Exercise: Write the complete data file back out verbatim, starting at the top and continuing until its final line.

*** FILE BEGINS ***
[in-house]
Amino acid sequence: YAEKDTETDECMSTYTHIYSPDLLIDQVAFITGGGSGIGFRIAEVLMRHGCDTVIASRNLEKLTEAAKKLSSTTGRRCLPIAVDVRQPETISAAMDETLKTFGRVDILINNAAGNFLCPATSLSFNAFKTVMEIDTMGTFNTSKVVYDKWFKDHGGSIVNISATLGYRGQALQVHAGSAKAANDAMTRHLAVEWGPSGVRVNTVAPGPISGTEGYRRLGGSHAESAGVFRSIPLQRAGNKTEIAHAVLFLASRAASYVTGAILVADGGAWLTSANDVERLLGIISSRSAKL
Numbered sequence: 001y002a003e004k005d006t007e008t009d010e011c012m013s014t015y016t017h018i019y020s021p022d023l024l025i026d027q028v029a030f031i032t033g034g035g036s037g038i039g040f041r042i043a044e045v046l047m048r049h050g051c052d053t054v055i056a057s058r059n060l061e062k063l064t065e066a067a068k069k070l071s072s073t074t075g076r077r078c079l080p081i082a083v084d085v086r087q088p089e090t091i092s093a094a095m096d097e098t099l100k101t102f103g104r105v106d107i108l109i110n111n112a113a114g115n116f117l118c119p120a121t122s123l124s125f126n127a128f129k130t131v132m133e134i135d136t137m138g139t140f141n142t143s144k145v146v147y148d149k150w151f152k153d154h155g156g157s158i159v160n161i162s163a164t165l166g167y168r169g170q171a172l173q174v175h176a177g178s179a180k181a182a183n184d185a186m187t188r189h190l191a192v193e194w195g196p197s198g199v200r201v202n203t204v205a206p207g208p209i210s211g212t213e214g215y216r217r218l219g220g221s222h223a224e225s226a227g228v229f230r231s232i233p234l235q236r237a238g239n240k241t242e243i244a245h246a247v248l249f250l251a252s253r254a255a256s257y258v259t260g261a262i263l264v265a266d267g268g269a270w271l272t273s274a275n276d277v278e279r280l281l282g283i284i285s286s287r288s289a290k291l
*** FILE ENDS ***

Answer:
[in-house]
Amino acid sequence: YAEKDTETDECMSTYTHIYSPDLLIDQVAFITGGGSGIGFRIAEVLMRHGCDTVIASRNLEKLTEAAKKLSSTTGRRCLPIAVDVRQPETISAAMDETLKTFGRVDILINNAAGNFLCPATSLSFNAFKTVMEIDTMGTFNTSKVVYDKWFKDHGGSIVNISATLGYRGQALQVHAGSAKAANDAMTRHLAVEWGPSGVRVNTVAPGPISGTEGYRRLGGSHAESAGVFRSIPLQRAGNKTEIAHAVLFLASRAASYVTGAILVADGGAWLTSANDVERLLGIISSRSAKL
Numbered sequence: 001y002a003e004k005d006t007e008t009d010e011c012m013s014t015y016t017h018i019y020s021p022d023l024l025i026d027q028v029a030f031i032t033g034g035g036s037g038i039g040f041r042i043a044e045v046l047m048r049h050g051c052d053t054v055i056a057s058r059n060l061e062k063l064t065e066a067a068k069k070l071s072s073t074t075g076r077r078c079l080p081i082a083v084d085v086r087q088p089e090t091i092s093a094a095m096d097e098t099l100k101t102f103g104r105v106d107i108l109i110n111n112a113a114g115n116f117l118c119p120a121t122s123l124s125f126n127a128f129k130t131v132m133e134i135d136t137m138g139t140f141n142t143s144k145v146v147y148d149k150w151f152k153d154h155g156g157s158i159v160n161i162s163a164t165l166g167y168r169g170q171a172l173q174v175h176a177g178s179a180k181a182a183n184d185a186m187t188r189h190l191a192v193e194w195g196p197s198g199v200r201v202n203t204v205a206p207g208p209i210s211g212t213e214g215y216r217r218l219g220g221s222h223a224e225s226a227g228v229f230r231s232i233p234l235q236r237a238g239n240k241t242e243i244a245h246a247v248l249f250l251a252s253r254a255a256s257y258v259t260g261a262i263l264v265a266d267g268g269a270w271l272t273s274a275n276d277v278e279r280l281l282g283i284i285s286s287r288s289a290k291l